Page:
Before Christmas Candlelight Tour of Homes
home to show off quilts,
designs, decorations to visitors
Michella M. Marino
(November 2006) Although John and Linda Davis
have resided in their home at 415 W. Main St., Madison, Ind., for only
two years, they have done a tremendous amount of work to make it a charming
place to visit for both family and friends Now, thanks to the upcoming
Nights Before Christmas Candlelight Tour of Homes, the public will also
be able to take a peek into the freshly painted mustard colored house,
which is known for the content basset hound often spotted on the front
Candlelight Tour of Homes
24-26 and Dec. 1-3 in downtown Madison, Ind.
Tickets: $12.50 adults, $5 children ages 5-15 before Nov.
10; $15 after Nov. 10.
Purchase at the tourism office or online.
Tour hours: 5-9 p.m. Friday-Saturday; 4-7 p.m. Sunday.
Nights & Nibbles Express SOLD OUT! (progressive
dinner and home tour): Only Dec. 3 tickets still available for
Information: (812) 265-2956 or 1-800-559-2956 or visit:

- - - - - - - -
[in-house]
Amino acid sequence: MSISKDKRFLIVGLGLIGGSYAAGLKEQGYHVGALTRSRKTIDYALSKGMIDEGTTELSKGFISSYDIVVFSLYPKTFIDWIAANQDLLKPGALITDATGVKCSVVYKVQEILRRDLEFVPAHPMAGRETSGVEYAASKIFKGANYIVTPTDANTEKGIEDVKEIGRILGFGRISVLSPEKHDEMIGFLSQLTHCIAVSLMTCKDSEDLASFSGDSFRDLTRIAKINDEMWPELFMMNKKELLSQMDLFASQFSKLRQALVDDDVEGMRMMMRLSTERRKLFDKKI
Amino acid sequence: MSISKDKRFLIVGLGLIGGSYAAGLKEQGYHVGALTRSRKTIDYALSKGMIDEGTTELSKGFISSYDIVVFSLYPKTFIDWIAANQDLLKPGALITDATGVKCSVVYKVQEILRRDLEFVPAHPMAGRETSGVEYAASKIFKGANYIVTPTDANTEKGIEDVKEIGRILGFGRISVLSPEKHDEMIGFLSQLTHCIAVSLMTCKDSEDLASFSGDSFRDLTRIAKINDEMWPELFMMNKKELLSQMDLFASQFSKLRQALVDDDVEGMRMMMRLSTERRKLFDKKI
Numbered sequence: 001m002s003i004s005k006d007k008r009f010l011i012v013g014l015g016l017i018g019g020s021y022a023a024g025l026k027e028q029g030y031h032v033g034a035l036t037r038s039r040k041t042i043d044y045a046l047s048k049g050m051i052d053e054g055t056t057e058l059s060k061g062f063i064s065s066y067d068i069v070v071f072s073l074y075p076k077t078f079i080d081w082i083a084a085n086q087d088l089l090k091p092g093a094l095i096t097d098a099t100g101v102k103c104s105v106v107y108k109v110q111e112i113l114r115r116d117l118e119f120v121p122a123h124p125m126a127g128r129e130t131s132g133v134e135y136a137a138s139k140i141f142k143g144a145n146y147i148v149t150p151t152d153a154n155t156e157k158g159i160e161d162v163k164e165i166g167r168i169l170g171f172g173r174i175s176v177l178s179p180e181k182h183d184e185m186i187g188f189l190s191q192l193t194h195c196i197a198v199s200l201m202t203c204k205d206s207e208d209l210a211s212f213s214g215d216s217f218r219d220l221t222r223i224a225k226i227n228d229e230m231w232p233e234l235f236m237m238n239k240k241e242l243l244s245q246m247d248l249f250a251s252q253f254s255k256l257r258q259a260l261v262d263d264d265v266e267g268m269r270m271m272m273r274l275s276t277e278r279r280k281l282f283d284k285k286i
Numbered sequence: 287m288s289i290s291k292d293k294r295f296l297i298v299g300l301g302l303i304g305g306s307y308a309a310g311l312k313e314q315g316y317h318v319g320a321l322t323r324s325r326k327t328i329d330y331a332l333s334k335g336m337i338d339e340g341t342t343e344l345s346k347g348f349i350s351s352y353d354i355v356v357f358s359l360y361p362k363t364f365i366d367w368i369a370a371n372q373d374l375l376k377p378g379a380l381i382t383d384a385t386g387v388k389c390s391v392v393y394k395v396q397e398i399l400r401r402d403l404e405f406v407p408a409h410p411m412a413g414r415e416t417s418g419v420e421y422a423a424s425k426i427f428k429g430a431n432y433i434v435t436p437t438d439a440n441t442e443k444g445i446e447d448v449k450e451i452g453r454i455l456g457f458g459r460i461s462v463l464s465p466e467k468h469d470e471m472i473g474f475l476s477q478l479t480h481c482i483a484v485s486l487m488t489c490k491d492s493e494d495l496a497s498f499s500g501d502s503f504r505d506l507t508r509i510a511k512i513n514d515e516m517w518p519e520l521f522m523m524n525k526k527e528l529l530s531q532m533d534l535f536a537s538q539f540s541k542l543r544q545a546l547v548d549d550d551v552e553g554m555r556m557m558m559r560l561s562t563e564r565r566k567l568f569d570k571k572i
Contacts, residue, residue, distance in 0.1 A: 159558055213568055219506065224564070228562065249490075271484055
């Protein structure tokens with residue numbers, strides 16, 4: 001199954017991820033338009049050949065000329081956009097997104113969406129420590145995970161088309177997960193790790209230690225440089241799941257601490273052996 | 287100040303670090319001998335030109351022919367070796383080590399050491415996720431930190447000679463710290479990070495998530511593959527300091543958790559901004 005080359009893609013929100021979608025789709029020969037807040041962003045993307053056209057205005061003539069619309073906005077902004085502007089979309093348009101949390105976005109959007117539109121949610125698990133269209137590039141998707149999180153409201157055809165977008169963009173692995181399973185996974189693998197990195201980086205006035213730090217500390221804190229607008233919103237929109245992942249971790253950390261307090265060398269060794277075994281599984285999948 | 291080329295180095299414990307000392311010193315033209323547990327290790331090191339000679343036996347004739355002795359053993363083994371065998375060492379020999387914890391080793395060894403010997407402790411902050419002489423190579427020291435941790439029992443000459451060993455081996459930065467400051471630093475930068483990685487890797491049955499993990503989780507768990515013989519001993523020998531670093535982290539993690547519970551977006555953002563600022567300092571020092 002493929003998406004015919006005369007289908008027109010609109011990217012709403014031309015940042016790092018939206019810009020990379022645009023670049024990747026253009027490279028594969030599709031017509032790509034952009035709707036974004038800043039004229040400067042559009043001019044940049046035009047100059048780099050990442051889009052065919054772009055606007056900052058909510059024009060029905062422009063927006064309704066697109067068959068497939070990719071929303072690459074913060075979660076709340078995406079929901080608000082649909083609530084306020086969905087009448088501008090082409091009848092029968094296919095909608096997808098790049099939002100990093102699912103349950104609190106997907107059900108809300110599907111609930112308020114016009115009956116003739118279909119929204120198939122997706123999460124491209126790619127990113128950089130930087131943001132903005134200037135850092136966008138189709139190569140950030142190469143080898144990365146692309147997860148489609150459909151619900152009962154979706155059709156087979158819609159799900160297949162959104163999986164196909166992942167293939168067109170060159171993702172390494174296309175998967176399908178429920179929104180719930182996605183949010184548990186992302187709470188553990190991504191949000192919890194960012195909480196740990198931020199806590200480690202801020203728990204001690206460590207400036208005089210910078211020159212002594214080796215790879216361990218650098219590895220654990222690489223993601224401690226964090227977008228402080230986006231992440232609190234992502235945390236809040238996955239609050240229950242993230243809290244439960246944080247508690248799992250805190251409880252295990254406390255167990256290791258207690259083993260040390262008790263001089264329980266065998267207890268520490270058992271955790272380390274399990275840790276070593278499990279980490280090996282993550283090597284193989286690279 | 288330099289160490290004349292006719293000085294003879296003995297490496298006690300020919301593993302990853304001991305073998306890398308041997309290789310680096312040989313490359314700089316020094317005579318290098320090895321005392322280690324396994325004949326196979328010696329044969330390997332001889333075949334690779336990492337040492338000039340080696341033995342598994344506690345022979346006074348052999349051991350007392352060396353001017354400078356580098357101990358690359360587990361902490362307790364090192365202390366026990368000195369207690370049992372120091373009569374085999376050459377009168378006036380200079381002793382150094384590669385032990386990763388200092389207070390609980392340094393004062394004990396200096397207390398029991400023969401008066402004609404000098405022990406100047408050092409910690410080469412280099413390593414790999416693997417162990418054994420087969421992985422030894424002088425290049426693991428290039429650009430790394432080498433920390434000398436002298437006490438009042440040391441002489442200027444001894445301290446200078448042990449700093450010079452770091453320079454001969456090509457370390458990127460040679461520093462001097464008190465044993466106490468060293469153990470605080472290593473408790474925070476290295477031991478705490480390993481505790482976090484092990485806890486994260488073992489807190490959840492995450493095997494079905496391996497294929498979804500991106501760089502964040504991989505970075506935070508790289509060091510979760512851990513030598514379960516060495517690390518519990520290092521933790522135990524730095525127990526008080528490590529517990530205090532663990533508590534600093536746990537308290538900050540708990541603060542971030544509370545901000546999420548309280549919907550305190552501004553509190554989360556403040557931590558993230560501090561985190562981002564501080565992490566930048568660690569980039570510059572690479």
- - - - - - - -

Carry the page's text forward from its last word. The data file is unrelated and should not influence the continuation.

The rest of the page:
Private homes on tour:
The Rhora Home, 514 E. Main St.
The Hendricks-Beall Home, 620 W. Main St.
The Newhouse Home, 416 E. Main St.
The Karem Home, 522 East Main St.
The Davis Home, 415 W. Main St.
Madison tourism officials contacted the Davises about
displaying their 1890 Victorian two-story brick home on the tour. But
despite the beauty of the home, Linda Davis said, Were not
really tour material. We just hope people will like it.
Despite her humbleness, the Davis home has much to please the eye of
the visitor. The entire Davis home will be open for the tour, which
is organized by the Madison Area Convention and Visitors Bureau. The
tour is scheduled for two weekends: Friday through Sunday, Nov. 24-26;
and again on Dec. 1-3.
The tour features five private homes and four public historic sites:
the Lanier Mansion State Historic Site, 601 W. First St.; the Francis
Costigan House, 408 W. Third St.; the Masonic Schofield House, 217 W.
Second St.; and the Jefferson County Historical Society Heritage Center,
615 W. First St. The First Christian Church, 512 W. Main St., will be
on the tour as well.
Hospitality Centers providing refreshments and restrooms will be located
at Artful Living, 313 W. Main St., and Little Peoples Boutique
and Fine Threads, 232 E. Main St. The Lanier-Visitors Center,
601 W. First St., will also be open for information and restrooms.
Private Home Descriptions
Rhora Home, 514 E. Main St.: Built in the early 1890s and extensively
updated by the previous owners, this classic Victorian home has